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April 7, 2003 - Monday was proclaimed Cyril Emmanuel King Day in the Virgin Islands in honor of the territory's second elected governor, who was born on April 7, 1921.
King was graduated from St. Mary's Catholic School in Christiansted and earned a bachelor's degree in public administration at American University in Washington, D.C. He served in the U.S. Army in World War II and was later active in veterans' affairs in the territory. For 12 years, he was an aide to Sen. Hubert Humphrey (D., Minnesota) -- the first African-American to join the staff of a U.S. senator, according to a Government House release.
He represented Humphrey at a disarmament conference held in 1958 by the Post World War Council and Committee for World Development and World Disarmament.
Meanwhile, in 1955, at the direction of the V.I. Legislature, he conducted studies of the territorial government's 1,300 employees that became the basis for the grading of jobs within the classified system.
In 1961, President Kennedy named King to be secretary of the V.I. government, the position then equivalent to lieutenant governor today. Ralph Paiewonsky was governor at the time, and in 1969, when Paiewonsky retired, King was named acting governor, a position he held for more than four months.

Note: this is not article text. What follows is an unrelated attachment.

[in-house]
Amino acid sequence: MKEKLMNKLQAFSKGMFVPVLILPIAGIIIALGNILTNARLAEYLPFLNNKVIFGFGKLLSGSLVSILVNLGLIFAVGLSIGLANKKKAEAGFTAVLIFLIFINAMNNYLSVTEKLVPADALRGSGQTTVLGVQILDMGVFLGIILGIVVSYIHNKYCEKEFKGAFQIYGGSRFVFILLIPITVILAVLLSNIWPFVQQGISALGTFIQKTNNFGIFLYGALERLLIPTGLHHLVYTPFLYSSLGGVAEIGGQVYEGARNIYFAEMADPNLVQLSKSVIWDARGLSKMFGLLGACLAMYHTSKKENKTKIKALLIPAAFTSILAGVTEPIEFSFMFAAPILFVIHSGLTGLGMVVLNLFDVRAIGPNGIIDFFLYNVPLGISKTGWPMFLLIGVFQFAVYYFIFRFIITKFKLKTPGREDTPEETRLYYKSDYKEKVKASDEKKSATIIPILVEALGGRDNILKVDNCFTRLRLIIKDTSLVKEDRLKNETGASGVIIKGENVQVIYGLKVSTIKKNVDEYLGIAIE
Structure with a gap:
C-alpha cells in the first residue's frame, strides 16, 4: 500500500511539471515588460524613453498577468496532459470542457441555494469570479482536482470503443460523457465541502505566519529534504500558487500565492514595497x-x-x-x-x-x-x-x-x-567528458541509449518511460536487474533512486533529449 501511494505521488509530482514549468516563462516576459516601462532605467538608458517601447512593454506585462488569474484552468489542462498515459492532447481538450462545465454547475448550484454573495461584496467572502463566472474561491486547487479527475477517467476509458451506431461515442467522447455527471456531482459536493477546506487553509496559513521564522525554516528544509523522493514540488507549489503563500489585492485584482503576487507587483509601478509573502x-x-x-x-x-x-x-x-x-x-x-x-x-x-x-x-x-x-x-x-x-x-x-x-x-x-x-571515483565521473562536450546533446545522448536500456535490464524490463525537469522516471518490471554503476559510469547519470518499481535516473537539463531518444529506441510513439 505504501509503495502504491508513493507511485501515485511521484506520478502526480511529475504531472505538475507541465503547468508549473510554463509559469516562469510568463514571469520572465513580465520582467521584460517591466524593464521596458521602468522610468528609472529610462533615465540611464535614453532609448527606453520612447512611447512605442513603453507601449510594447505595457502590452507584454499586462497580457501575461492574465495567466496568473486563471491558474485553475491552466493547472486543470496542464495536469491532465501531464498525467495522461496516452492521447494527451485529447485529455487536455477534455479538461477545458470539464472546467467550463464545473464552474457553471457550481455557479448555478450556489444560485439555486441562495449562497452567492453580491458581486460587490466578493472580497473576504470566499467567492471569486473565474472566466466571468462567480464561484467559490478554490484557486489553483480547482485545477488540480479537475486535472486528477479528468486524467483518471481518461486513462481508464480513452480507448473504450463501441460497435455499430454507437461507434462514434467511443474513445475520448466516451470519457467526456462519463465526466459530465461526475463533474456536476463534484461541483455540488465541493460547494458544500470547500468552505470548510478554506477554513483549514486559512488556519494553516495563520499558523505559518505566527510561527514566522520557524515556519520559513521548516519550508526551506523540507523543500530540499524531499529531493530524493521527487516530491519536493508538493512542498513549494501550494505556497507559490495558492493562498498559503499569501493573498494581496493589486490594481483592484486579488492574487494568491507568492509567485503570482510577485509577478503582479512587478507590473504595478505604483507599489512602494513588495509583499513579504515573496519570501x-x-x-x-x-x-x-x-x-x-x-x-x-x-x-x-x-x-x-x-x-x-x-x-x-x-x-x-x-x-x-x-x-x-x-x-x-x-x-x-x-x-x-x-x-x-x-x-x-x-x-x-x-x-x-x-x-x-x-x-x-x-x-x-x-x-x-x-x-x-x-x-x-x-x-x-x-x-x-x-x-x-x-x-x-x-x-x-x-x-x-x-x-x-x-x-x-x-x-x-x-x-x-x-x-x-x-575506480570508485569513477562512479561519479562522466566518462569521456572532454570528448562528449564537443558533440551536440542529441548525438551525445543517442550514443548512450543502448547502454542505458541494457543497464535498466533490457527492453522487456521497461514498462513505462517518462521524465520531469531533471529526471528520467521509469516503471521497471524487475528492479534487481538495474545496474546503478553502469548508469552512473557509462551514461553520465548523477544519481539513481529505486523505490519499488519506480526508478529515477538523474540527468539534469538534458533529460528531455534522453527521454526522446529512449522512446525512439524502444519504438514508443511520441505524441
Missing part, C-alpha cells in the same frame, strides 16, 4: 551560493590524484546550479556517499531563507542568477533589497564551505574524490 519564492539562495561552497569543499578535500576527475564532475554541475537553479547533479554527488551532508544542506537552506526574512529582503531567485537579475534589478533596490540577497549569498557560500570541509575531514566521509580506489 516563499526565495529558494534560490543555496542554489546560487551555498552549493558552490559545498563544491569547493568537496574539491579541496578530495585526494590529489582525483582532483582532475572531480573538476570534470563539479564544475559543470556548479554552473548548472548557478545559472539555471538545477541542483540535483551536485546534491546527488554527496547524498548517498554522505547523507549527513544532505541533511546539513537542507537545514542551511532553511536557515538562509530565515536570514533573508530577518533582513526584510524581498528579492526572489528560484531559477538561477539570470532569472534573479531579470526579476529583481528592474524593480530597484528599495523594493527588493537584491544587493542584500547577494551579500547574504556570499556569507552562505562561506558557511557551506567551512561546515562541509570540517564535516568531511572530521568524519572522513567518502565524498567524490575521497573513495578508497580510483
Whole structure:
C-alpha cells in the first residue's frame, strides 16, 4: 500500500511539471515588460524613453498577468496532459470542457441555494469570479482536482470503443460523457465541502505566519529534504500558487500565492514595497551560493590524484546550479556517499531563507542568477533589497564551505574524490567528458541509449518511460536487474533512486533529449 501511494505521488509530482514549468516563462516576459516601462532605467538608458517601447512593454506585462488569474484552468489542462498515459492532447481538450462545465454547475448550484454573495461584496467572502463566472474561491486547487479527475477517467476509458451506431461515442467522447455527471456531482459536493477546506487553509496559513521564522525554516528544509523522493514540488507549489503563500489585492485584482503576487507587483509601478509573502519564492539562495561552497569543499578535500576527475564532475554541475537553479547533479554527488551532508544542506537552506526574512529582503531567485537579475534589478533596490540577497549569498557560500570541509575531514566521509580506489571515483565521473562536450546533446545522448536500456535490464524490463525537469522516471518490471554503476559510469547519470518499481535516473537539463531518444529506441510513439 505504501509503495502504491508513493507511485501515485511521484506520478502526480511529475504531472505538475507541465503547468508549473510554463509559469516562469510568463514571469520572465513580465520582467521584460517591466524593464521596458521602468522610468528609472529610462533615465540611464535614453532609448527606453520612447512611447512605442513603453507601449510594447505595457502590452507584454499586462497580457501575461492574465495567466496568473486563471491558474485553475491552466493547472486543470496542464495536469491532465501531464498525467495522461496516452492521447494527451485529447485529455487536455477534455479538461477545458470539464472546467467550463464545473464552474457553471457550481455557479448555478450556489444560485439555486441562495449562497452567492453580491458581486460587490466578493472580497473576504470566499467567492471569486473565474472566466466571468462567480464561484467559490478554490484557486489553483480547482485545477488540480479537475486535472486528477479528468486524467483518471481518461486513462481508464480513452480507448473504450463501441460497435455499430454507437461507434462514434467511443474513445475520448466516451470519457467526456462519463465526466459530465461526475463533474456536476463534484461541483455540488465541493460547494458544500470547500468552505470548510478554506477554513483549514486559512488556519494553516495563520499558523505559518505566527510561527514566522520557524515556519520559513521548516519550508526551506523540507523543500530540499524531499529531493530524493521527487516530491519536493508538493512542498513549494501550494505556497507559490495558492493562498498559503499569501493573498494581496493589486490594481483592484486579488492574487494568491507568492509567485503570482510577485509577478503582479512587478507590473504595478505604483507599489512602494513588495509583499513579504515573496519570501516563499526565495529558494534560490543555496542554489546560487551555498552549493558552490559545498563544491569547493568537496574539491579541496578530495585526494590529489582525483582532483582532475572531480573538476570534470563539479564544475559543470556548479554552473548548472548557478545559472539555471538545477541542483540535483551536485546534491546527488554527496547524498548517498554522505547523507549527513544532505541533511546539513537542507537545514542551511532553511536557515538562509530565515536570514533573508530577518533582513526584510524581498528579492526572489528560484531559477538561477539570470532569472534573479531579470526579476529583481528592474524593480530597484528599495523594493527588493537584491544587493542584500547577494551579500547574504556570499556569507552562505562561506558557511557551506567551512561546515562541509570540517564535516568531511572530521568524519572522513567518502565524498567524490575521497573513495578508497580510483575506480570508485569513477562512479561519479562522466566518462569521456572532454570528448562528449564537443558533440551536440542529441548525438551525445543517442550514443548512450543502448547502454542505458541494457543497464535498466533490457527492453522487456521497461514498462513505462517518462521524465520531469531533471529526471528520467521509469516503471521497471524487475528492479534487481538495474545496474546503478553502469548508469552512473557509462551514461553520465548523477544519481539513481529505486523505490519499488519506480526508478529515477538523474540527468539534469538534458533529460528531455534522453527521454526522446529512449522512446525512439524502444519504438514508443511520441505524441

The race for the territory's first elected governor, in 1970, was a three-way affair, with King the Independent Citizens Movement candidate, Melvin Evans -- the incumbent appointive governor -- the Republican standard bearer, and Alexander Farrelly the Democratic hopeful. In the runoff, King lost to Evans.
In 1972, King was elected to the V.I. Senate from the St. Thomas-St. John district. Two years later, the same three candidates vied for governor, this time King besting Farrelly in the runoff to become the territory's second elected chief executive. He succeeded Evans in 1975 but died in 1978 without completing his term.
Easily recognizable from afar by his shock of prematurely white hair, King was a popular governor who liked to "press the flesh," often strolling along Main Street to greet visitors in an era when tourism was fast taking off in the territory.
The St. Thomas airport was renamed in King's honor during the Farrelly administration when a new terminal was erected to replace the former naval hangar at what had been called the Harry S Truman Airport.
King is survived by his wife, Agnes, and their daughter, Lillia.
Succeeding governors have declared his birth date Cyril E. King Day, although it is not a government holiday. A Government House release distributed on Monday said that along with issuing the proclamation, Gov. Charles W. Turnbull had "directed the commissioner of Education to conduct appropriate ceremonies n the territorial public school system" in honor of King, "and to disseminate biographical information on this outstanding native son."

Publisher's note : Like the St. John Source now? Find out how you can love us twice as much -- and show your support for the islands' free and independent news voice ... click here.